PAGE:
Following the coming into effect of the Companies Act 2014 on 1 June 2015, Ruairi Mulrean outlines the top 10 things every company director needs to know about it.
After nearly a decade in the making, the Companies Act 2014 finally came into effect on 1 June 2015. The Act includes a number of radical reforms.
It is the largest overhaul of company law the state has seen in half a century. It is intended to make running a business in Ireland easier and all companies need to understand the implications of the Act for them.
The Act provides for the creation of two types of private limited company:
During an 18 month transition period starting from the commencement of the Act and ending 1 December 2016, existing private limited companies will have to decide to whether to convert into a company limited by shares or a designated activity company.
2. Private limited companies will be entitled to have a single director but all companies must retain the office of the company secretary.
3. Private limited companies will have a single document constitution to replace the existing memorandum and articles of association and will be deemed to have full and unlimited capacity in the same manner as human persons. All other companies, including designated activity companies, will have to retain a two document constitution similar to their existing two document memorandum and articles of association.
4. Provisions relating to shareholder meetings have been greatly simplified with the requirement to hold an annual general meeting being optional and the delivery of notice of general meeting by electronic means being permitted.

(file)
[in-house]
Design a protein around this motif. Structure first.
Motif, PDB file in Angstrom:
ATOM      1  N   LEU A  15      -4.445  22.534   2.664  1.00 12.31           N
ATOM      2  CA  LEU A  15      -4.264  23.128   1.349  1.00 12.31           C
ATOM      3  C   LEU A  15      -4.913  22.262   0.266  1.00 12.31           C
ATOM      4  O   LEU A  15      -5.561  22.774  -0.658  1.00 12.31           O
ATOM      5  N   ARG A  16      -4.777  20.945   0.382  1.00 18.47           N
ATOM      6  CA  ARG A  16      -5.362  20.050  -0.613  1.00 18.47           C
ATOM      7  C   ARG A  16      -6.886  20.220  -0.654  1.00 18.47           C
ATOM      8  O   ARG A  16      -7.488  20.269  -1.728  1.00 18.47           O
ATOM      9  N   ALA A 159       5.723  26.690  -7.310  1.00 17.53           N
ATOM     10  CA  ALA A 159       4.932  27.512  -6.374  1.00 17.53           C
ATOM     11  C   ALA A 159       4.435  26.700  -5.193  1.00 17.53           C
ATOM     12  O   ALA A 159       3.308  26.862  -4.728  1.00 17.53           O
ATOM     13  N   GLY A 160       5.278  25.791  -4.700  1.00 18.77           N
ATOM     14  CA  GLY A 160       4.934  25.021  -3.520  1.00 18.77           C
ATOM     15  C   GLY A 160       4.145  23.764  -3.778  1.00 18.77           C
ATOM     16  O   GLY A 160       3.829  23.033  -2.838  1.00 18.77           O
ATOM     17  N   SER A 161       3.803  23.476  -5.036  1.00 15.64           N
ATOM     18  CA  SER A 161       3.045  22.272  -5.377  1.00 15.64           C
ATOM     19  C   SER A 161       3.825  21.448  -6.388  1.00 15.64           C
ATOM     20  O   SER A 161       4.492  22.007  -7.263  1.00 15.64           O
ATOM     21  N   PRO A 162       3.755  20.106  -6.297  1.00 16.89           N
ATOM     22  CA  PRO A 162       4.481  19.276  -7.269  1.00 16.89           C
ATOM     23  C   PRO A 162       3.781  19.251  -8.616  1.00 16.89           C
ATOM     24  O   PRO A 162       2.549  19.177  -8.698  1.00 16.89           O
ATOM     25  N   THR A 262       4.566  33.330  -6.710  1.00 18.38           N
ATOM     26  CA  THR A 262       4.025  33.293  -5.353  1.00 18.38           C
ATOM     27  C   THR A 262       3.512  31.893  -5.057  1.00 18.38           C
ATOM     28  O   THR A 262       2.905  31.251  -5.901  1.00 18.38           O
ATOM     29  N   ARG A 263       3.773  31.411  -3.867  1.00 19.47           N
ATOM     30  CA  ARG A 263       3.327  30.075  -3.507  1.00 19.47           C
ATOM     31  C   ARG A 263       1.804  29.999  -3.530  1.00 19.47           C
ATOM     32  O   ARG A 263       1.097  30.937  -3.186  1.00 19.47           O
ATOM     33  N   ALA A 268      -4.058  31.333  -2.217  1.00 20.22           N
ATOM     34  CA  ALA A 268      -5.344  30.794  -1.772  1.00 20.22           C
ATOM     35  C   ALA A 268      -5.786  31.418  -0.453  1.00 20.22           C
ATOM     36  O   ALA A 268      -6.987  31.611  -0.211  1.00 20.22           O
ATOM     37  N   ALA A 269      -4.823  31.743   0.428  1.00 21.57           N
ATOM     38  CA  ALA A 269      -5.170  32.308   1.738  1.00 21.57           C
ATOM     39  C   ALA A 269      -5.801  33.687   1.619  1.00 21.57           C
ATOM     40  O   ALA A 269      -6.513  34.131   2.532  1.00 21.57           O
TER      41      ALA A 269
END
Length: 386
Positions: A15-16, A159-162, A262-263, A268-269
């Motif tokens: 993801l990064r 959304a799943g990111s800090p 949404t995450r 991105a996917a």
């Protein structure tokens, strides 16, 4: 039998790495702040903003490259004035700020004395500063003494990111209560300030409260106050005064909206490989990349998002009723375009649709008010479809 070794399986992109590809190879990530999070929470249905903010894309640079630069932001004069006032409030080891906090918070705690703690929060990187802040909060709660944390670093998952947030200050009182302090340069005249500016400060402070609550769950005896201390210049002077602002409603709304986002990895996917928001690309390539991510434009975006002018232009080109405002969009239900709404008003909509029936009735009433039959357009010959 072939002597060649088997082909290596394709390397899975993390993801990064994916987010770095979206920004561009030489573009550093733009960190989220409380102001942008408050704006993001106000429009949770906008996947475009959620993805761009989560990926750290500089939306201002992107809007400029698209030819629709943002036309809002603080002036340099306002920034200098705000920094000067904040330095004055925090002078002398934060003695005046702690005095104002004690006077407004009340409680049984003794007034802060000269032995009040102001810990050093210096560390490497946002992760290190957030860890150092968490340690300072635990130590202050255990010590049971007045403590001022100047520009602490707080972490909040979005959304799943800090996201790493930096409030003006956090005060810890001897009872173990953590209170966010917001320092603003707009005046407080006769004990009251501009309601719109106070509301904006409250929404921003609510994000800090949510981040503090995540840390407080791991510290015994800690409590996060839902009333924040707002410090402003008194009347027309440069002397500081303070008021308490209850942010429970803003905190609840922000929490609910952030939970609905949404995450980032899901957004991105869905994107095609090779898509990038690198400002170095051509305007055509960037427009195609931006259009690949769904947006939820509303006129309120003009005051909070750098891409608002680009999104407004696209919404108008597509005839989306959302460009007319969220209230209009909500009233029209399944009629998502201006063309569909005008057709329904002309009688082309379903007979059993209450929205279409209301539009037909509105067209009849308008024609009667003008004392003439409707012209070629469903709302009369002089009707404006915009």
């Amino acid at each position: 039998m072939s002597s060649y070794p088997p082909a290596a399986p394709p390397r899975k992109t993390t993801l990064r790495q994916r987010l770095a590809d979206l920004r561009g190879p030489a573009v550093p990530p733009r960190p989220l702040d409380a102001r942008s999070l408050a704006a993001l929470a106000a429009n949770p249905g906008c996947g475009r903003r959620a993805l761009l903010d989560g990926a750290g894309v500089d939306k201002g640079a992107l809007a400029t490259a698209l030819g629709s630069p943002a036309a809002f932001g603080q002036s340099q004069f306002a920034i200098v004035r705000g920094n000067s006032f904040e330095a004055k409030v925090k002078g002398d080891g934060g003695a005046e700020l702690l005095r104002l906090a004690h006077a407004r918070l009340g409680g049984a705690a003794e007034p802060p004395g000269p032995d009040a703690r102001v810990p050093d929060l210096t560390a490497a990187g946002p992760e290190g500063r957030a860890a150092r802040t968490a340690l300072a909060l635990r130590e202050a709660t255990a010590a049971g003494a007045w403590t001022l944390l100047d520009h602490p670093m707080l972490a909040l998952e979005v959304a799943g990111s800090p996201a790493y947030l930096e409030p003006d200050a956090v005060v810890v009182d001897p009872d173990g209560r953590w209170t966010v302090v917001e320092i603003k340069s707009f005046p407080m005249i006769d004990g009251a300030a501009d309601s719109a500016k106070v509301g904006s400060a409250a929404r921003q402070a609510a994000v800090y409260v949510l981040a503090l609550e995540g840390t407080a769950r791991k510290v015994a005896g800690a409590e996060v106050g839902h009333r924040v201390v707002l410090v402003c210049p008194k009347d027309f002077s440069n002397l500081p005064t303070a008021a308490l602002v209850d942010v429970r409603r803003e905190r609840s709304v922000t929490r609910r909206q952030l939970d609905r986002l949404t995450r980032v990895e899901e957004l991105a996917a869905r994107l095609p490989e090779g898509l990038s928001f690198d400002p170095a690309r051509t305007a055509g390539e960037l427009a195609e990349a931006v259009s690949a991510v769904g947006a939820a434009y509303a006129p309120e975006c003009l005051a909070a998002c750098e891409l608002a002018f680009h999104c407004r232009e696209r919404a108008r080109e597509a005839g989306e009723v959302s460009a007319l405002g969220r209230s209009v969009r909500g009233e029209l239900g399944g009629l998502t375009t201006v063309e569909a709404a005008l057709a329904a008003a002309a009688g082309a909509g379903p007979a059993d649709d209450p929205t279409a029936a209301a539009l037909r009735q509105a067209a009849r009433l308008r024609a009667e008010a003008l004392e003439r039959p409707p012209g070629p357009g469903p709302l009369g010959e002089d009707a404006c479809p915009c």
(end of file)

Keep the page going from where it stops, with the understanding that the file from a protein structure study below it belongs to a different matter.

5. The existing common law duties of directors are codified into eight principle duties which will apply to all directors including shadow directors and de facto directors.
6. The Act reintroduces the requirement that directors provide directors compliance statements. This obligation applies to all plcs and certain large private limited companies.
7. The Act introduces a single summary approval procedure that may be followed in order to permit companies to partake in certain transactions which might otherwise be restricted or prohibited.
8. Certain holding companies will be exempted from the obligation to prepare group financial statements where they and their subsidiaries do not exceed certain thresholds. The audit exemption has been extended to holding companies and their subsidiaries where together they are treated as small companies and in respect of dormant companies.
9. For the first time the Act introduces mechanisms whereby mergers and divisions of Irish companies may take place.
10. For the first time the Act categorises and classifies the various offences for breach of the provisions of the Act.
Ruairi Mulrean is a partner in the Corporate and Commercial Department at LK Shields Solicitors. Ruairi specialises in Corporate Law and is the key contact for the Companies Act at LK Shields.
This article was published by www.businessandleadership.com in March 2015.